College was too much like high school, she said. I wanted to tell her right then and there to not unenroll, to stick with it. For some reason, her comment rubbed me the wrong way. I was no different from her. Because Columbia and I had both loved The Office. And I was good at impressions.

And that was a fucking amazing episode. Doris was back. As we waited for our check, I glanced around the restaurant. Except for an old couple sitting behind us, there was nobody else. The graveyard shift had begun. People had better things to do on a Friday night. She flashed those perfectly straight, immaculately white chompers at me. Damn, I thought, she could be a toothpaste model. The old couple behind us—I glanced back at them again—both glared at me.

They found nothing funny about our company. For a quick second, I pictured Columbia and me as them, lived past our expiration date. Suddenly, her expression changed. It was as though she was contemplating something heavy, something sad. A black cloud drifted across her eyes. I really do. But they also make me really sad for some reason. Cool with it. At peace with it. Know what I mean? For example, I love going to the movies. Like, I love watching people do weird shit in the snack line. I love the smell of movie popcorn. I love picking out the perfect seats in the dark. And then, later, all the lights will shut off for good.

I wanted to bust out another Michael Scott impression, but it was like the water in my funny well dried up. I had to dig us out of there. I totally get it. And I hate knowing all that stuff too. Like now, for instance. Comfortable silence, satisfied stomachs, infinite possibilities ahead. The Ramones. The Sex Pistols. Black Flag. The Clash. All them. All the lights were off everywhere. Pitch black.

For all I knew, I was in another country. And I practically was: in Devine, the hill country. Then I remembered a time in high school when, during one lunch, Columbia had told me that her mom had grounded her once for two months because she forgot to bathe her baby sister. I did the math in my head quick: two months was one-sixth of a year. I soon realized how Columbia had only mentioned bad things about her family. Got a problem with that? All for a blouse. Inside was her mother—her mother, in bed fast asleep, or perhaps waiting for her daughter to come inside so she could trap her in a cage.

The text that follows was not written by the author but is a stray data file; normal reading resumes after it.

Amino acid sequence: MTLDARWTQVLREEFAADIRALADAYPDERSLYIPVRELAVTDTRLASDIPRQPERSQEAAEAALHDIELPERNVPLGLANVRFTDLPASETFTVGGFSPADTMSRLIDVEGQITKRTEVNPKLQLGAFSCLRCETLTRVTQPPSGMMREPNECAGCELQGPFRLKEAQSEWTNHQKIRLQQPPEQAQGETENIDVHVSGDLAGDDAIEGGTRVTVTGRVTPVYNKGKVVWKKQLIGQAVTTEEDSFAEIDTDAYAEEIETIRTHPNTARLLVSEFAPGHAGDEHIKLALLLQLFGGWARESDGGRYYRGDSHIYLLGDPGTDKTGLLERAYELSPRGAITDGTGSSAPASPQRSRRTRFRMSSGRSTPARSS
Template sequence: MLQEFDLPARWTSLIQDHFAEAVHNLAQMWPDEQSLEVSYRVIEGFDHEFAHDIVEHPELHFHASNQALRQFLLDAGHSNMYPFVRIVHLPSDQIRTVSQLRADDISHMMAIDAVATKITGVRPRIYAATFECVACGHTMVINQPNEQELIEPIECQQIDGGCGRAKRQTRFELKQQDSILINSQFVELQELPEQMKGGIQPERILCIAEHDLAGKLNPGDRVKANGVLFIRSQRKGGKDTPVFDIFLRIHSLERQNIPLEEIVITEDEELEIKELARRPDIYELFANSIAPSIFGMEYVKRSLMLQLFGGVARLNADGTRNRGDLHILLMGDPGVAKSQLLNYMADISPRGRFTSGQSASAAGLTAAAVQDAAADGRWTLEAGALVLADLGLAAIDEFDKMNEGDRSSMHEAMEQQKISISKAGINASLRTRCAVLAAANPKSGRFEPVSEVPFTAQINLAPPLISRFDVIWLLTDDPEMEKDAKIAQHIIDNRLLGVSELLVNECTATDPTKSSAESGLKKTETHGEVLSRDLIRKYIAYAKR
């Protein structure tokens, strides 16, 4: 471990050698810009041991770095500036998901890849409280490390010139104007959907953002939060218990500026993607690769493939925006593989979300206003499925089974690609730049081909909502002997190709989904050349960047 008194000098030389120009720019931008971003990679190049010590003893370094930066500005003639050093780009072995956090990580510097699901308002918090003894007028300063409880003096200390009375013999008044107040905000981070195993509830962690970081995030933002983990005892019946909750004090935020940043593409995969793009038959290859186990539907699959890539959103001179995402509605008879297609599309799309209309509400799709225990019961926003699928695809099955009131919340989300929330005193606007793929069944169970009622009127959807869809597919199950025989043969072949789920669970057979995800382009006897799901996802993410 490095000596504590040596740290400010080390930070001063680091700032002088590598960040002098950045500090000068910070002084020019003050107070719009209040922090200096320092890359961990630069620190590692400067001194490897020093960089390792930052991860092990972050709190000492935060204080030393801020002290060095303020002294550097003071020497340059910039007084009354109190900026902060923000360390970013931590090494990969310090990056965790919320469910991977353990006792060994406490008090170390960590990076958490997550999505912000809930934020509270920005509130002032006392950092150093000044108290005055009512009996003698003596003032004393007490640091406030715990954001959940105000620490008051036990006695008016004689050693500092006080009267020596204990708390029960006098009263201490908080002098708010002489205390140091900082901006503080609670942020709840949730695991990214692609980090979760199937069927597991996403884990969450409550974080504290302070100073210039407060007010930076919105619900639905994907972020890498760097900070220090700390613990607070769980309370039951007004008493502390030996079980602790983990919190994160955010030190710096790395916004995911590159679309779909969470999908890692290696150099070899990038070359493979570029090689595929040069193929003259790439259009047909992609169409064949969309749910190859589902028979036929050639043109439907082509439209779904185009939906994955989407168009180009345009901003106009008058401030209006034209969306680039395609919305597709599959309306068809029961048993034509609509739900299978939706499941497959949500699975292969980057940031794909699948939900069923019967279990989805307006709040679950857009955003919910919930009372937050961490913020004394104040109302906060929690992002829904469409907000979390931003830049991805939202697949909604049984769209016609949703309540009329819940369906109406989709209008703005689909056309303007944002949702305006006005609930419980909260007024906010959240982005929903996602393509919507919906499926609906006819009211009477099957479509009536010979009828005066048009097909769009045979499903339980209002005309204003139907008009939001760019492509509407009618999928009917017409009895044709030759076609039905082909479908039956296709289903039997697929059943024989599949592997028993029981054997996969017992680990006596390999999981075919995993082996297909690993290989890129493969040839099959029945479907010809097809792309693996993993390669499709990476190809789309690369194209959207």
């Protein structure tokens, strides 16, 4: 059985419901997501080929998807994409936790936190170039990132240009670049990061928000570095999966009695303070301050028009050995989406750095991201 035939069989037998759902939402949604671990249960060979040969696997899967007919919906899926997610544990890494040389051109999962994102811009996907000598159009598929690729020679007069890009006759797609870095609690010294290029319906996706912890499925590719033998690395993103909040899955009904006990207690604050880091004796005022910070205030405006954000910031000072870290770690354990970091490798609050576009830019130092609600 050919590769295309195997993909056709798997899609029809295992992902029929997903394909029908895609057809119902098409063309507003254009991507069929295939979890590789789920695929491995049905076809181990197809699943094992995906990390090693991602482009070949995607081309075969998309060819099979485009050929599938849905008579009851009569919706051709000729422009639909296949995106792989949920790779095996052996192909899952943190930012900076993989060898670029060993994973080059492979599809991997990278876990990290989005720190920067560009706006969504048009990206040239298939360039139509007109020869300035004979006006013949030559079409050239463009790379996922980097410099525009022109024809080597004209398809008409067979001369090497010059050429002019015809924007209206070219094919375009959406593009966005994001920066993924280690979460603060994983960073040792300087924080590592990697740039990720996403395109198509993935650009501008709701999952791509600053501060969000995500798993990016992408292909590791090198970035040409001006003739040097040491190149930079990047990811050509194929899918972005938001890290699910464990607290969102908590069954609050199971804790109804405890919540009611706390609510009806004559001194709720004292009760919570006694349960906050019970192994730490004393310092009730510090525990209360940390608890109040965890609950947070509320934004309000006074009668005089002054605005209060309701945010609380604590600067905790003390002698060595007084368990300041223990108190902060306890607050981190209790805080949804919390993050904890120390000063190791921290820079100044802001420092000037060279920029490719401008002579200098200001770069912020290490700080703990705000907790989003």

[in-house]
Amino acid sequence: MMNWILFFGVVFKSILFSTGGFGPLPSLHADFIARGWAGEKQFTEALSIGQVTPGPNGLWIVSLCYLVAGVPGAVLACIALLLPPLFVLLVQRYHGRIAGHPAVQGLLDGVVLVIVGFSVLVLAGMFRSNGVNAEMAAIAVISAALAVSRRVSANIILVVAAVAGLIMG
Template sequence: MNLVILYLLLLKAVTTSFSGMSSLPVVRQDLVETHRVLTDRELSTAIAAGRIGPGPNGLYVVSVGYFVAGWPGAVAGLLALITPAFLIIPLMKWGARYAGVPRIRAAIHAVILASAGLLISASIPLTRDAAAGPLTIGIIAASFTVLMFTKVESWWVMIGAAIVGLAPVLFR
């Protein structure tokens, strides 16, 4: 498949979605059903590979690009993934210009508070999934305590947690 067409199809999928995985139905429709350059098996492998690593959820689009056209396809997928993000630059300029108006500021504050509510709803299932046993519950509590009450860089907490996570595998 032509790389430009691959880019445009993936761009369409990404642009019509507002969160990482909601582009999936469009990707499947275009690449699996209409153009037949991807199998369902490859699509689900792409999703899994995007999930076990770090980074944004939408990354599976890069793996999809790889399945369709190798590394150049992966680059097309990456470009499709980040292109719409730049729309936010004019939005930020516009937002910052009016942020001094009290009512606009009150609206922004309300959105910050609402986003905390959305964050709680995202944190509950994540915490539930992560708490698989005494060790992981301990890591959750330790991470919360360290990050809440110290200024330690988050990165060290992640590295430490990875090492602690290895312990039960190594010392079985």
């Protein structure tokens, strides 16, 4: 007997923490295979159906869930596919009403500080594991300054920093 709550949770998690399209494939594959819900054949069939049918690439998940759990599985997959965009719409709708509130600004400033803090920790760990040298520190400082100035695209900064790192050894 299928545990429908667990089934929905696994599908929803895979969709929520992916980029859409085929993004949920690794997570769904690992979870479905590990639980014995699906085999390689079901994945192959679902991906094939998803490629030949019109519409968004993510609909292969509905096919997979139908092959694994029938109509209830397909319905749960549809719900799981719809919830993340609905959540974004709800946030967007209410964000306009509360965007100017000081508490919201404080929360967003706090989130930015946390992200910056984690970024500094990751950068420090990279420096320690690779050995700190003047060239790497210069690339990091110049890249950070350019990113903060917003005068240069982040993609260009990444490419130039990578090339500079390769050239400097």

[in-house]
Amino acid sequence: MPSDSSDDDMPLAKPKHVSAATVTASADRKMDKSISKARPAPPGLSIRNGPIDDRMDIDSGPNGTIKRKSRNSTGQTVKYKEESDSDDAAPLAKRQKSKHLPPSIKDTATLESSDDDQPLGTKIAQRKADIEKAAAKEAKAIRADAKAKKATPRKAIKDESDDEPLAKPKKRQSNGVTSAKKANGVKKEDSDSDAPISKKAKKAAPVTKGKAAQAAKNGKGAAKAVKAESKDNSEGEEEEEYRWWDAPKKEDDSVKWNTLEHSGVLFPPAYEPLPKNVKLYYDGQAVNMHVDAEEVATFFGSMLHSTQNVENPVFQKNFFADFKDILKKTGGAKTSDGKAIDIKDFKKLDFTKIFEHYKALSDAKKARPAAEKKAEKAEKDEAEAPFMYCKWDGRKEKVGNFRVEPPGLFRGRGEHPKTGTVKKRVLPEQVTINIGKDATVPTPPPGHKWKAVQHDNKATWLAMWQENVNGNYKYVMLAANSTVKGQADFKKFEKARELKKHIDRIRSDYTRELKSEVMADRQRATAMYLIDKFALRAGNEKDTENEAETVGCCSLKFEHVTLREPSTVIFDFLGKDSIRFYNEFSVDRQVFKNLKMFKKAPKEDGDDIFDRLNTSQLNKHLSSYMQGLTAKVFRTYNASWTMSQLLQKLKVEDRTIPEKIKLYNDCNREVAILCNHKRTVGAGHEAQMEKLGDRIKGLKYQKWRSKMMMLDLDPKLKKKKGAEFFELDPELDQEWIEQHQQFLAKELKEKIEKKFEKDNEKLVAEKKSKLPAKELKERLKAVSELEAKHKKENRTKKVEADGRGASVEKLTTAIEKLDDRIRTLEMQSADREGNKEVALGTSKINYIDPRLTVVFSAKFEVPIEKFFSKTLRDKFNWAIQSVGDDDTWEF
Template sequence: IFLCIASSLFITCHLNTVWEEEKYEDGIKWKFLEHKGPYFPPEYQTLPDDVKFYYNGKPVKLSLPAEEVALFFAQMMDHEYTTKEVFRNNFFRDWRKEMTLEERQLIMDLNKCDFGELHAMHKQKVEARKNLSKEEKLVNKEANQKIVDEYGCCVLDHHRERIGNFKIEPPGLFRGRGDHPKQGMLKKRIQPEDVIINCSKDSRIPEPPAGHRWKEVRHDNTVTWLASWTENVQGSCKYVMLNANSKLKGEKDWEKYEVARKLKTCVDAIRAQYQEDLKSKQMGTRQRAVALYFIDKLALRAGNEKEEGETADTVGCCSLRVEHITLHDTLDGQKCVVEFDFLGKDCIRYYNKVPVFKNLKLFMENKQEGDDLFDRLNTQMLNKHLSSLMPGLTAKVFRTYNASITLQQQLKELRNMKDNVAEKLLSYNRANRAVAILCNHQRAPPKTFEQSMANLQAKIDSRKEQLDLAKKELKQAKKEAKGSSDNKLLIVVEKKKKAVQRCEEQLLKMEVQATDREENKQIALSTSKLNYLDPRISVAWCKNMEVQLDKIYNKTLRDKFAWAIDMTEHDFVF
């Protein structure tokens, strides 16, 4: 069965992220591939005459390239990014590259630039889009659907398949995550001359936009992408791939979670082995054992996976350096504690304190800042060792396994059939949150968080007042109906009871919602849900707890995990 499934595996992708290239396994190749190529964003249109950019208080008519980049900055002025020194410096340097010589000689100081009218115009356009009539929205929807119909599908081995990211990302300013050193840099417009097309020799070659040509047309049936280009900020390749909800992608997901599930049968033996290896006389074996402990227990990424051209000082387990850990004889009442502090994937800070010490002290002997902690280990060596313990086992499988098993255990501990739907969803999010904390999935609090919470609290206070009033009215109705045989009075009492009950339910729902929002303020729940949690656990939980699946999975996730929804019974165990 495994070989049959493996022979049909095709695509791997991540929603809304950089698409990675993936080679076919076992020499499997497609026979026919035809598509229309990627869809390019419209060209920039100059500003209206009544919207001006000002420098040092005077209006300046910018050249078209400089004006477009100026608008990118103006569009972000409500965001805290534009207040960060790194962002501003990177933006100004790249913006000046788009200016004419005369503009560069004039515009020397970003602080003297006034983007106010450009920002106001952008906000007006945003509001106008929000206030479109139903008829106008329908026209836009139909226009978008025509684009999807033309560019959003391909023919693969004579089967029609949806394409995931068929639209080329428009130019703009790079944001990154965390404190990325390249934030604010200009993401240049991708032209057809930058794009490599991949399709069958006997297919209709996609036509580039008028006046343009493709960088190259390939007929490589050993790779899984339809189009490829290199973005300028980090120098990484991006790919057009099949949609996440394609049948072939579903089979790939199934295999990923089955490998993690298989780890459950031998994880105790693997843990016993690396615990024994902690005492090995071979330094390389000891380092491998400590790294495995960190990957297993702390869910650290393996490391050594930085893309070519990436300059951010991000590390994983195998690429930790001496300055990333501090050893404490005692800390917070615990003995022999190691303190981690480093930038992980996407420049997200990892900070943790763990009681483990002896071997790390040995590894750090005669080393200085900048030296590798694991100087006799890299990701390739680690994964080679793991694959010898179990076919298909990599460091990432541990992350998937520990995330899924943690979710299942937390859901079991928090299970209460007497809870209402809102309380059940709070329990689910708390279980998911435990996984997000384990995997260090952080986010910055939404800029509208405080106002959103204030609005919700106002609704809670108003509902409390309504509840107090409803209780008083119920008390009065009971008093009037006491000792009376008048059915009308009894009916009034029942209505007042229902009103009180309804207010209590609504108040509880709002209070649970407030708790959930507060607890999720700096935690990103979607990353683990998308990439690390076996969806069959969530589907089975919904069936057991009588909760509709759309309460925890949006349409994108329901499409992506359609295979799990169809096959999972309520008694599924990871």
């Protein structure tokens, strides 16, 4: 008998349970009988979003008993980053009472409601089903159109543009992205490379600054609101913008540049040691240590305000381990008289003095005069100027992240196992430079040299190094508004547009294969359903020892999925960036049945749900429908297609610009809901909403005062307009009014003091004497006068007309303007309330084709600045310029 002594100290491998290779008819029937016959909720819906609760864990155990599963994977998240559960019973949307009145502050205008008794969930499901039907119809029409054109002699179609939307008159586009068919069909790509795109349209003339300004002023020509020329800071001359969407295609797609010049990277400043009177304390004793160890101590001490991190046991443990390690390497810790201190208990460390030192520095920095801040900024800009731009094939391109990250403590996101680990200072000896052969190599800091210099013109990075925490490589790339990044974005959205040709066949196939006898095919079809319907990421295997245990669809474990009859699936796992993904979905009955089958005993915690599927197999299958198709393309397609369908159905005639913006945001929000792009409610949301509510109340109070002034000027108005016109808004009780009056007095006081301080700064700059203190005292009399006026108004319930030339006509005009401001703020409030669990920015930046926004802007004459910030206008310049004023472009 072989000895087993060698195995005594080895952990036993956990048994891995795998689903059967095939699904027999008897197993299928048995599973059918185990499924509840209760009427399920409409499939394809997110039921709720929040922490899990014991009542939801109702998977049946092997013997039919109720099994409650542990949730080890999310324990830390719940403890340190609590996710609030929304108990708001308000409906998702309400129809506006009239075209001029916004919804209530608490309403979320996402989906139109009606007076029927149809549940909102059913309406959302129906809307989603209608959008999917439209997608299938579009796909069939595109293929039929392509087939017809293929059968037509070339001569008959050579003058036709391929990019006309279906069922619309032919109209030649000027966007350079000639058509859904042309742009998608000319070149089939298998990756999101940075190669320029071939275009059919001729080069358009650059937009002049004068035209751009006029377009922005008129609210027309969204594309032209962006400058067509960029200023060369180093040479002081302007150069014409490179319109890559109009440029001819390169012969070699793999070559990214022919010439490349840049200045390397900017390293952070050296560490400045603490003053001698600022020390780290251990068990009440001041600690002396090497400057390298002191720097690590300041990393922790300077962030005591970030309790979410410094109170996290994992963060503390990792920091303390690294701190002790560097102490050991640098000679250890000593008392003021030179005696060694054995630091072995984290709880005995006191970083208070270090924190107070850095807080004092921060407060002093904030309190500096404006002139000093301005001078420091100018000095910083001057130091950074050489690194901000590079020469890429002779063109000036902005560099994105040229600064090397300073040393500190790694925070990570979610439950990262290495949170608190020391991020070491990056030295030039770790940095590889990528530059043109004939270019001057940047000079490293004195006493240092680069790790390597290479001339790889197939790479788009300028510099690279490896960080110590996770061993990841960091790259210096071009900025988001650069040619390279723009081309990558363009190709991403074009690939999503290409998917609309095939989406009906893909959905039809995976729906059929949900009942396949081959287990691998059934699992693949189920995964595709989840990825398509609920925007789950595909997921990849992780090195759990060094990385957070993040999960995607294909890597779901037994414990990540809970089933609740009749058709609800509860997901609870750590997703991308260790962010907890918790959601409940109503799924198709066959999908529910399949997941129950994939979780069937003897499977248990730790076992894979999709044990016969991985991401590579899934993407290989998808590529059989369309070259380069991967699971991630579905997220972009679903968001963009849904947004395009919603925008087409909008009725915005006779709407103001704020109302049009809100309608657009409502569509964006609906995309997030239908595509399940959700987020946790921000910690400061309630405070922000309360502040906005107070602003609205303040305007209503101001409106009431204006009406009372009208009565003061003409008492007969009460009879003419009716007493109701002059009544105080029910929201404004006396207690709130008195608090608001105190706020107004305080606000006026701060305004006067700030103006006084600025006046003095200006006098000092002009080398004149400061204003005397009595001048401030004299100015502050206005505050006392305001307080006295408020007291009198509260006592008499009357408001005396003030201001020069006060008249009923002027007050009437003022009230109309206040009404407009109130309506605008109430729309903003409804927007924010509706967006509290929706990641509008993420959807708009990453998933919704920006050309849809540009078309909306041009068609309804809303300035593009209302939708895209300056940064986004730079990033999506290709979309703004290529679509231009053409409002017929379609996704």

When our eyes met again, different information was passed between them. Damaging, in the wrong hands. My heart pounded through my throat. My brain drilled a single command into me, repeated over and over. My other hand raised her porcelain chin. Her breathing was heavy, labored. She clasped my face and bit my bottom lip soft, then hard. My hands slid up her shirt. Then down. She slapped me. Holding both my hands, she forced them slowly south, her control, her pace. She leaned into my ear and breathed hot air into it. Silent, I watched her, studied her slender fingers slide across her curls like she was playing the harp.

She stepped out of my car and sauntered toward her front door as if she was never gone. There was nothing left for me to do but leave, so I left. I waited for a call, a text, that never came. Three days in a row I texted a single question mark. Three question marks were stacked, one on top of the other. All unanswered. Sorry, goodbye. After I graduated from college, I saw this girl named Priscilla.

Dark skin, short, big mouth, super Catholic. We dated a few months, did the things all young people do fresh out of college. I made reservations two weeks in advance. I called two more times and still no answer. I waited a few minutes before I tried again. Straight to voicemail. I got fed up and left. I had a wild dream that night. It was the middle of day, Africa hot.

I was on horse, passing through the middle of somewhere like a desert. Then, at some point, I arrived at a small town, Old West style. All the buildings were wood, blackened by the sun. The townspeople were lined up in two rows on both sides of the main dirt path. Halfway through my crossing, I hocked a loogie. Next thing I knew, I was no longer on horseback, but standing with the townspeople, watching along with them as the mysterious horseman passed by. The horseman wore a large black hat, a duster, and golden spurs that sparkled.